Tuesday, November 12, 2013

S & P downgrades France: What François Holland needs to do now

In a bid to raise French deficits, the rating agency, Standard's and Poor's has reduced France's rating to AA. The impact of this is that interest on government debt will rise, especially that taken at variable interest rates. This rise in interest payment will offset any reduction in public spending that the Finance Minister, Pierre Moscovici could have proposed. Such deficits and increased interest rates are pleasing to  those who earn more money as a result (guess who gives loans to the government?).

The key French problems highlighted by S & P (with our comments in brackets) are
1.       Too high taxes already and unwillingness to pay more (don't we agree?)
2.       Too much unemployment (it's a social choice: some relax so that others can work…)
3.       Too much debt: over 80% of GDP (unnecessary political handouts)
4.       Lack of reforms in product, services, and labor markets (unclear vision of the future, present)
5.       Lack of medium term growth prospects (this is S & P's obsession, not ours)
6.       A trade deficit of $ 5.8 million (poor tax choices).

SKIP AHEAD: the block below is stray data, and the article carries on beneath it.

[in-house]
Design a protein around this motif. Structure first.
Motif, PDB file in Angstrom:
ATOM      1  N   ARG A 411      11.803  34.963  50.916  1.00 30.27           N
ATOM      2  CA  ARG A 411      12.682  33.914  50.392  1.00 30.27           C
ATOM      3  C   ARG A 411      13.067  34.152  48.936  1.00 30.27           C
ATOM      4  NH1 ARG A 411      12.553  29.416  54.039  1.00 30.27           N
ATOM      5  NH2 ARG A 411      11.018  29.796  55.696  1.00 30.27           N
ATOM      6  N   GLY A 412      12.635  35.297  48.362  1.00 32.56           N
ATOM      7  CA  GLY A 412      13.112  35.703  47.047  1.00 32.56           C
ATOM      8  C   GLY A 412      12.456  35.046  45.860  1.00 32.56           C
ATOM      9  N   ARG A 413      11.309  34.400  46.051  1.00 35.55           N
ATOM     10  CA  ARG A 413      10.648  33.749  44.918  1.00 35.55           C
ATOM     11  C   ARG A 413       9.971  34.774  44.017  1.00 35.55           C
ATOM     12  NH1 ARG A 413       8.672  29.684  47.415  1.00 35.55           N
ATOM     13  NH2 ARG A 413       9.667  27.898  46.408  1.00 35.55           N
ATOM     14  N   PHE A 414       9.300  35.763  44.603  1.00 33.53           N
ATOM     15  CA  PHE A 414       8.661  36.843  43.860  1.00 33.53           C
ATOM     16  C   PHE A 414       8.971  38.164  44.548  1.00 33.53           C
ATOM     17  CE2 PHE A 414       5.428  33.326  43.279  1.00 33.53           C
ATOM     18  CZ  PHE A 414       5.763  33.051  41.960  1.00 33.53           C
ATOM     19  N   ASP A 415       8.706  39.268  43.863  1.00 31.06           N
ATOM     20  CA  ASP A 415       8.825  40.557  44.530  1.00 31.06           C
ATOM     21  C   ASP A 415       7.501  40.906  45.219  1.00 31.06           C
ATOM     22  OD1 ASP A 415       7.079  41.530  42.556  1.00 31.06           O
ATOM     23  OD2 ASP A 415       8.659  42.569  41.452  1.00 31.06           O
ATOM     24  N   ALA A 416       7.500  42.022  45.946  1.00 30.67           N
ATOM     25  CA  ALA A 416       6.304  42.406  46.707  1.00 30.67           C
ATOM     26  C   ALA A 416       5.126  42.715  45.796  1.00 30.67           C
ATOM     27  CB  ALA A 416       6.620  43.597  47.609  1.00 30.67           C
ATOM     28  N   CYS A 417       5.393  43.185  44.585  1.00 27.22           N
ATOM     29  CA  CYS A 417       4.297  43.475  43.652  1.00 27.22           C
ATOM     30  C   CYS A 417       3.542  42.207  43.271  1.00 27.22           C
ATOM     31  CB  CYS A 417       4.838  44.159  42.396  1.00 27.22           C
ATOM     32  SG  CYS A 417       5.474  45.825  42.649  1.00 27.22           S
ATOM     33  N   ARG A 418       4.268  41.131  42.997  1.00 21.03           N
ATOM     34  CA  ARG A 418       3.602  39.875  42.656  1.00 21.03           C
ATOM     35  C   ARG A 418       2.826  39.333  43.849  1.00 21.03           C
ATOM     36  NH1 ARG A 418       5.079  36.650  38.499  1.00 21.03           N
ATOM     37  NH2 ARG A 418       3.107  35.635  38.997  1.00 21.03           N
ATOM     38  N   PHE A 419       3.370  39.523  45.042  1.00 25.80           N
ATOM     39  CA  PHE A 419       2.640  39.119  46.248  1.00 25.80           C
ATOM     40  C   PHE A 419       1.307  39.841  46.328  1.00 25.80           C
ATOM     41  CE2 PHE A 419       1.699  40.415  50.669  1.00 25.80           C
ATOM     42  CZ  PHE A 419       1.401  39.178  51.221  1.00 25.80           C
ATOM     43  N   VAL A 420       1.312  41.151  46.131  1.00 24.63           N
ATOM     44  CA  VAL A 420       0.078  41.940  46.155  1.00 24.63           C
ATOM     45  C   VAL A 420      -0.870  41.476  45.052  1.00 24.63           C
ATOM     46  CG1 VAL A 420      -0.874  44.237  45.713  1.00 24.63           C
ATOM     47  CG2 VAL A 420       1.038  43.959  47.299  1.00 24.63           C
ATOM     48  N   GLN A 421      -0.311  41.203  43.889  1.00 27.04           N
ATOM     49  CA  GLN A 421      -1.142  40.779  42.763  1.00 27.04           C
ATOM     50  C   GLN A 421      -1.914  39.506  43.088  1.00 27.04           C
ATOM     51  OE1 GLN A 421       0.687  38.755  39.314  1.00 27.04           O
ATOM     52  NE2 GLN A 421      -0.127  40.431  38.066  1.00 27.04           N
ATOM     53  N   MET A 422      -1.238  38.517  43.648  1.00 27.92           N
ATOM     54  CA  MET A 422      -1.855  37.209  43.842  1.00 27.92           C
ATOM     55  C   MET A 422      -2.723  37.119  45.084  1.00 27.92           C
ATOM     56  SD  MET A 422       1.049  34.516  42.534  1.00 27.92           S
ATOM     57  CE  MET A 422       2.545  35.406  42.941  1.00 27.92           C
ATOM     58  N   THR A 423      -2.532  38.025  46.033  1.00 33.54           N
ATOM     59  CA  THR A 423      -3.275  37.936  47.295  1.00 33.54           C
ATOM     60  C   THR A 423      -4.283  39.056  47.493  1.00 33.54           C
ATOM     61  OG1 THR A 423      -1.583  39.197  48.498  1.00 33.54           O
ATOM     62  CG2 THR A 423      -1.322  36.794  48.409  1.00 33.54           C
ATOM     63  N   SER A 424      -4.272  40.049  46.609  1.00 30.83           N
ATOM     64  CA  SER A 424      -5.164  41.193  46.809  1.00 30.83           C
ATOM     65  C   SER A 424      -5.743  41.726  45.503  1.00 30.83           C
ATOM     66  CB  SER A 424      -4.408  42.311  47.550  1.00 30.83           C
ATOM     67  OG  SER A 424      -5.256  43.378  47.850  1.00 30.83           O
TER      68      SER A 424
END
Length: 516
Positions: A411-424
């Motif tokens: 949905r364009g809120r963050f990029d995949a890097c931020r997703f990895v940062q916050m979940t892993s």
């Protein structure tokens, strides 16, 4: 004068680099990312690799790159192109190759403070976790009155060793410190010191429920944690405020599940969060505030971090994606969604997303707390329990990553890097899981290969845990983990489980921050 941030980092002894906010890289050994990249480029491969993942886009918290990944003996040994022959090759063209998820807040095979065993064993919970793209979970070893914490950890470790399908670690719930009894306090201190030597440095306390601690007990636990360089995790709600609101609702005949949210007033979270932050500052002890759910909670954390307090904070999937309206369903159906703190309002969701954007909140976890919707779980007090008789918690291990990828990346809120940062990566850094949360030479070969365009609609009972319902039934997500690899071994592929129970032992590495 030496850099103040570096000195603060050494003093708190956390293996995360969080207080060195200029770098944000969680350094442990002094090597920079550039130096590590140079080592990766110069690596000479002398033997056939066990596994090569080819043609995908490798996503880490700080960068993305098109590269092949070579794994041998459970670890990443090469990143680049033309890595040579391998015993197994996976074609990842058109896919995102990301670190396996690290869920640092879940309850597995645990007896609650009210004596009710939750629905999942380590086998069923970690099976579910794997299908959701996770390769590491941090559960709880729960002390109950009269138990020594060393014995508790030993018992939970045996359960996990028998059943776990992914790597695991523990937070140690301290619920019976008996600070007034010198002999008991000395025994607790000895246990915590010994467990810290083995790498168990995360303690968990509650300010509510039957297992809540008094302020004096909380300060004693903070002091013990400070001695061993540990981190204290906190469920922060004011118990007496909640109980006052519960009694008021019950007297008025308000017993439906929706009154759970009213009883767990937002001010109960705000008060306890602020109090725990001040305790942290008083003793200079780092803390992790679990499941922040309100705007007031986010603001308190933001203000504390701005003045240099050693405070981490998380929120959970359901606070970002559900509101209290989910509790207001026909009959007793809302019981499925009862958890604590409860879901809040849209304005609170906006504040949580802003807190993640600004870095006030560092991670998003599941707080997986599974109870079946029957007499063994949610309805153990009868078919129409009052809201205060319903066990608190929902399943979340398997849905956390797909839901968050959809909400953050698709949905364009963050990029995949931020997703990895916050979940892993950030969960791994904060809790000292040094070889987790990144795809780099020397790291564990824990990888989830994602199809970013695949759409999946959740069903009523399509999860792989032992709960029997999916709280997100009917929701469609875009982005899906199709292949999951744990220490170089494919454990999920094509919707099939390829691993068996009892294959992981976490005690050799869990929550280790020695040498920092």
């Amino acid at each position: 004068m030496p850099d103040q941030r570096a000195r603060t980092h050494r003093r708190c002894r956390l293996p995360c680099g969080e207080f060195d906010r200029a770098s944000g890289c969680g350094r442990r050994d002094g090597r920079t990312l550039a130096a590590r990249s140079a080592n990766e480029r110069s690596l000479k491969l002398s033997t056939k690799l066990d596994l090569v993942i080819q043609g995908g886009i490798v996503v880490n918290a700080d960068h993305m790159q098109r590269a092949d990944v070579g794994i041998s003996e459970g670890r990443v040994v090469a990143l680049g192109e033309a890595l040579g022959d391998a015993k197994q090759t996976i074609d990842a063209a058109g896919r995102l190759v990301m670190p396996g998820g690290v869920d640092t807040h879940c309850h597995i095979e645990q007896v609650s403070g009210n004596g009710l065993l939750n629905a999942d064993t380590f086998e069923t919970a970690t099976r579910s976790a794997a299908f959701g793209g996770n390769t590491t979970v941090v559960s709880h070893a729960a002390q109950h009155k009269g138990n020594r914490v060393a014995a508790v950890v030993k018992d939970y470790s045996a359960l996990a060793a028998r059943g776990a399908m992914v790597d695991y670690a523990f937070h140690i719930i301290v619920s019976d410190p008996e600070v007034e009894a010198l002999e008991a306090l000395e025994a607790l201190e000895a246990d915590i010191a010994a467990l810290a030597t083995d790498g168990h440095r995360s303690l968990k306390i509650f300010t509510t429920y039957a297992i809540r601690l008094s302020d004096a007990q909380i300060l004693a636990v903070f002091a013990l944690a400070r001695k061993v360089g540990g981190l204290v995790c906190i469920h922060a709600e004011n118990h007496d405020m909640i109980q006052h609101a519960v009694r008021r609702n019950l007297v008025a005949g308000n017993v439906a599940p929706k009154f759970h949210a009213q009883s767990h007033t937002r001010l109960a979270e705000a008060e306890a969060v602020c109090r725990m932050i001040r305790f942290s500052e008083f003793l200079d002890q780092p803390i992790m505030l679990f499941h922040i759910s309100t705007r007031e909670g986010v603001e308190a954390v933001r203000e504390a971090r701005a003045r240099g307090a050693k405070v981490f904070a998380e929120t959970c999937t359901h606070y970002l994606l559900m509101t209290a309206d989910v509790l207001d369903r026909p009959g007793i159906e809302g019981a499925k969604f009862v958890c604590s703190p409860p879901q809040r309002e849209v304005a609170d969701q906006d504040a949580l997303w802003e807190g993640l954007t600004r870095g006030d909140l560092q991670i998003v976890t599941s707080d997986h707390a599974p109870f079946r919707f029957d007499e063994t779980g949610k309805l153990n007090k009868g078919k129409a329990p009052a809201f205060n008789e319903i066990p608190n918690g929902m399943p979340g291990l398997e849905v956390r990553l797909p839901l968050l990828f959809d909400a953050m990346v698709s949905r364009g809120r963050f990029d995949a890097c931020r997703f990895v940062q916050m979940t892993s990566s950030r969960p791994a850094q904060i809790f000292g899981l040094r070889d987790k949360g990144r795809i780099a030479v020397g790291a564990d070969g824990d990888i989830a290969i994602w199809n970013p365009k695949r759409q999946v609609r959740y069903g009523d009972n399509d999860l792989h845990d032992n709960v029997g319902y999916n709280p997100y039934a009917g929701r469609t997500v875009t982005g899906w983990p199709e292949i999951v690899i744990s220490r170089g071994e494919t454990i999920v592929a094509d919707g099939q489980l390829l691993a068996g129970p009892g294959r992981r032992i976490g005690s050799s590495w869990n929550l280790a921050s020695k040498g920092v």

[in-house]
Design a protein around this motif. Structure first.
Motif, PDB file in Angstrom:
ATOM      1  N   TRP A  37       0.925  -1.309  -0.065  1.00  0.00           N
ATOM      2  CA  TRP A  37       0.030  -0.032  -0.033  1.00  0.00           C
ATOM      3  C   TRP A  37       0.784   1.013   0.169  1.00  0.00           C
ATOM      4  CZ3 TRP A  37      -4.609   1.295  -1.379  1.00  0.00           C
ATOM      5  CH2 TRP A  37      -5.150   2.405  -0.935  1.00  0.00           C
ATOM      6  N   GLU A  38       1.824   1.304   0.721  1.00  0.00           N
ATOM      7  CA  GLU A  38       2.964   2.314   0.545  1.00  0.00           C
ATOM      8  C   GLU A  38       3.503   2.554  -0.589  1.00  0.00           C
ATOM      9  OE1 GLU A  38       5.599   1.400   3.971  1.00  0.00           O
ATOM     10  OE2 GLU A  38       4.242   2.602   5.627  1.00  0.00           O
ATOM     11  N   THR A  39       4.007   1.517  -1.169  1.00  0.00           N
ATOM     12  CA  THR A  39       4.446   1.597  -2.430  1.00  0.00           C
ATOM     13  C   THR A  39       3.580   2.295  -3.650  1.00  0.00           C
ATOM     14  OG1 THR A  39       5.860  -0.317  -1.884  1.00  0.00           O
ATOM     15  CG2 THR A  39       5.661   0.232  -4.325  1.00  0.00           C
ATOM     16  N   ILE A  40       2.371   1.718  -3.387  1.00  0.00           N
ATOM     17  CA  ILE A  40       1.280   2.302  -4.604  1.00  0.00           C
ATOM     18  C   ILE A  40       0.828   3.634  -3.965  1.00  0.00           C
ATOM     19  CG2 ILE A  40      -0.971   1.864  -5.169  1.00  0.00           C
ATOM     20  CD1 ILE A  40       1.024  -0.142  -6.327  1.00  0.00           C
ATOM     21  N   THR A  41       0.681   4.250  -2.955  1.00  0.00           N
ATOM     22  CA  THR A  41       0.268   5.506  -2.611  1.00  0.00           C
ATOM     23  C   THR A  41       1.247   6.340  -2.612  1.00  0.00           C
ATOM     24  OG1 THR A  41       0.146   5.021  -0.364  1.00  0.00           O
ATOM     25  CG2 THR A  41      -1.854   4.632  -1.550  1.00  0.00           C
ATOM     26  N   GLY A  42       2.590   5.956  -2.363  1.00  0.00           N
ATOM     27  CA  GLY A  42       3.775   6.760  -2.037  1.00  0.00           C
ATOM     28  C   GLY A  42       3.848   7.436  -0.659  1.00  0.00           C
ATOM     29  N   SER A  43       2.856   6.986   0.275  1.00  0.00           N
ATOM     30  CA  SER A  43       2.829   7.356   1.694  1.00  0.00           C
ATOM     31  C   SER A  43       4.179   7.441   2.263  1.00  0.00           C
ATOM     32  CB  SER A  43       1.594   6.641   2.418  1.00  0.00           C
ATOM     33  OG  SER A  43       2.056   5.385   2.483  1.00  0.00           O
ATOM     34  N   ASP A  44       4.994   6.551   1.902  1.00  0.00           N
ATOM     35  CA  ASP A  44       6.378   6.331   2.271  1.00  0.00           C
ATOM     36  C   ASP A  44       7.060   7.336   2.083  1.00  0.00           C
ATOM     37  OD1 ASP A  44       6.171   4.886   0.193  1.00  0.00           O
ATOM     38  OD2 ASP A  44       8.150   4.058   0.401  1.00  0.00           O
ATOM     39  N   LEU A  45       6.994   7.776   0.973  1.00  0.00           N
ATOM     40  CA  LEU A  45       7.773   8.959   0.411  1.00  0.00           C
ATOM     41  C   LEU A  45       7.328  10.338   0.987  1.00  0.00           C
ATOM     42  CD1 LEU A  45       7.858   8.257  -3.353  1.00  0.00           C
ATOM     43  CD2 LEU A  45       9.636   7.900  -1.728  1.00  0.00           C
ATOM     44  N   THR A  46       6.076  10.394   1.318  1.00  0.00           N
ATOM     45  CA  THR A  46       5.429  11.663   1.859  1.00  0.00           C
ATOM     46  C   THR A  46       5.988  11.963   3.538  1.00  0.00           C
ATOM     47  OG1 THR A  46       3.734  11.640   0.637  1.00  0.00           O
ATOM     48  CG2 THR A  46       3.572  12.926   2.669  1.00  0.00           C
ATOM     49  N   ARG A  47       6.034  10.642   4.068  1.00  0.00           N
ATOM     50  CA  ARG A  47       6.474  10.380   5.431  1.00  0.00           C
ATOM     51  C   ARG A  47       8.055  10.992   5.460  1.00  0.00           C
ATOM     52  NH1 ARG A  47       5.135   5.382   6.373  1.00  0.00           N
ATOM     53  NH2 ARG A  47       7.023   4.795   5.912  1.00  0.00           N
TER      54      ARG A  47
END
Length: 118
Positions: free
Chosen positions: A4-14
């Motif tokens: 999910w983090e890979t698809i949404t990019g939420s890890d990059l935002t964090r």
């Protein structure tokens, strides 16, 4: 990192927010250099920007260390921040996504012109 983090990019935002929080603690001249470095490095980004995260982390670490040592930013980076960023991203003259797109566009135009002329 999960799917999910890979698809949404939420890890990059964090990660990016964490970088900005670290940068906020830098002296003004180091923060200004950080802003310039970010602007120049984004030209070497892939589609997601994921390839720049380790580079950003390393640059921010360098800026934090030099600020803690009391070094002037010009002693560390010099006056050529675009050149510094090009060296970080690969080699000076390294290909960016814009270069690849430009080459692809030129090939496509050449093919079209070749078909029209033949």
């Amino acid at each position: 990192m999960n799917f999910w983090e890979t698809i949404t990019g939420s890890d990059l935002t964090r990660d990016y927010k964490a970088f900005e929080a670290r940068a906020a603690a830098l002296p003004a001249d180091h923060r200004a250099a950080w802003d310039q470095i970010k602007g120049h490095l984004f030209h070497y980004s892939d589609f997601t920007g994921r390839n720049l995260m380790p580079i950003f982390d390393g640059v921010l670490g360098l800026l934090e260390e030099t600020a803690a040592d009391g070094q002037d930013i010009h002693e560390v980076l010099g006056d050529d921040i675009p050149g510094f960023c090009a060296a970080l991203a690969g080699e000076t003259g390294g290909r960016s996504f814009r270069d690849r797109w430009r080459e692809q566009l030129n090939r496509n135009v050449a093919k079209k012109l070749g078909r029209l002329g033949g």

Besides reducing social security charges on employers, the Holland government seems to be clueless on what to do.

Should we give them advice or should we let them sink? Being realistic, we do not think that our party can be in a position to make changes directly today. And if these changes are not made, it may be a bit late.

A simple first lot of suggestions for Mr. Holland would be to do the following. These suggestions could also be taken by the Greeks, the Spanish, the Portuguese and any others who may want them.
1.       Increase the VAT on manufactured goods to 25% and VAT on services to be reduced to 15%.
a.       Services are provided locally and this boosts employment
b.      Goods are often imported and this will finance the reduction on VAT on services.
c.       Note, Scandinavian countries are on a 25% VAT and doing quite well.
d. Germany, who for decades was on a 15% VAT finally got wise and increased its VAT to 19% a few years ago.